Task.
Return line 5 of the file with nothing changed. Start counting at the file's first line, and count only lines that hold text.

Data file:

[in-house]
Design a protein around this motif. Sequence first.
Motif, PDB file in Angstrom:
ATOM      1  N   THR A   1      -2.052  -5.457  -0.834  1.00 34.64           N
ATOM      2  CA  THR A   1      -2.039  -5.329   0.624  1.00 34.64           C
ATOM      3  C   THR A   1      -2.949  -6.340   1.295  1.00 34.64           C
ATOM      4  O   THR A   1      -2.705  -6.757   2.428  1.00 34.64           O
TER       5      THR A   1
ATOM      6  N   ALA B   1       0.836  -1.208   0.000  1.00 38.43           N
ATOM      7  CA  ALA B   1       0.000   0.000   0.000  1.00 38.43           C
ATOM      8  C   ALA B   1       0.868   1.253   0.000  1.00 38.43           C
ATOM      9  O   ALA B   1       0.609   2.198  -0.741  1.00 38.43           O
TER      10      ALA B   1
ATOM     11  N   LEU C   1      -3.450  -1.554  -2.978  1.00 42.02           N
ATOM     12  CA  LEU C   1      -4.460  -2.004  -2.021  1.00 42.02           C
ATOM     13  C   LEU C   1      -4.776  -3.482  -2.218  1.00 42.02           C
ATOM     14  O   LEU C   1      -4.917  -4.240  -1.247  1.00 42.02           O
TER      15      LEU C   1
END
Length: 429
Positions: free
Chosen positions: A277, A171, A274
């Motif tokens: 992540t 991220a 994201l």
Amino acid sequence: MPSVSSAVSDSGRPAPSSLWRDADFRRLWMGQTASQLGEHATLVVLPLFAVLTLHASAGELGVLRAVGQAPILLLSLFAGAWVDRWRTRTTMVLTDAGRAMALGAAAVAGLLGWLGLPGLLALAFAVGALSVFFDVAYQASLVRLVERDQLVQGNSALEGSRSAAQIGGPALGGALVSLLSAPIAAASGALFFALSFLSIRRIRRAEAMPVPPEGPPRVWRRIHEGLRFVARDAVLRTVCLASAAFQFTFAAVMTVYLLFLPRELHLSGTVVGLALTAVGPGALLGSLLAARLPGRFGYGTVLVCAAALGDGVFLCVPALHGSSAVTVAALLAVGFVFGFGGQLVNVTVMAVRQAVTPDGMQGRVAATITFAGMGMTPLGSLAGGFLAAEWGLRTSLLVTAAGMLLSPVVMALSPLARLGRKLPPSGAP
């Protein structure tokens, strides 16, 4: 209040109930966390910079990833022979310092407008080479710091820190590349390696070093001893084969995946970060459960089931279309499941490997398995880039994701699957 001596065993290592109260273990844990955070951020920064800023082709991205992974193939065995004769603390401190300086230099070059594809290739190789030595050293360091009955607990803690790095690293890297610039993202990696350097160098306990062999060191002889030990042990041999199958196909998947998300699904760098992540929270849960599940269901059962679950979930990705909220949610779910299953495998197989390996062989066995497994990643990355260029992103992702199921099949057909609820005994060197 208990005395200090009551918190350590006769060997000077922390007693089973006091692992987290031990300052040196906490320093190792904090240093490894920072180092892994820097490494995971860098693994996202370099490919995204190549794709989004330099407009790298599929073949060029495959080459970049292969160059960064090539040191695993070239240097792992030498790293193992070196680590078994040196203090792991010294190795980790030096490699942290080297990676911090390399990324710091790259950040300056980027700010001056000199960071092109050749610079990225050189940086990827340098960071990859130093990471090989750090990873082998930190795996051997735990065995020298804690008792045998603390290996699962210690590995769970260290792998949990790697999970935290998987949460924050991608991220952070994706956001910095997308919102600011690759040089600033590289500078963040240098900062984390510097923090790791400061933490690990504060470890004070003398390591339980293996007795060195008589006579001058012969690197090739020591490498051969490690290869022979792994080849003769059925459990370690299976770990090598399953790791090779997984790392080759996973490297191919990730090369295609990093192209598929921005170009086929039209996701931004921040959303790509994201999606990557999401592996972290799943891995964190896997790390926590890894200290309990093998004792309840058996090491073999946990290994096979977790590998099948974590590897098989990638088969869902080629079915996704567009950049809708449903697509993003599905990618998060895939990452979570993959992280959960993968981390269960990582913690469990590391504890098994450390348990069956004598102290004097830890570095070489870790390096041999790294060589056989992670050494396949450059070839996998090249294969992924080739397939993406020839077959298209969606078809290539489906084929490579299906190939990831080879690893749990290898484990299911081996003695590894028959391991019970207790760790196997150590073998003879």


ATOM      2  CA  THR A   1      -2.039  -5.329   0.624  1.00 34.64           C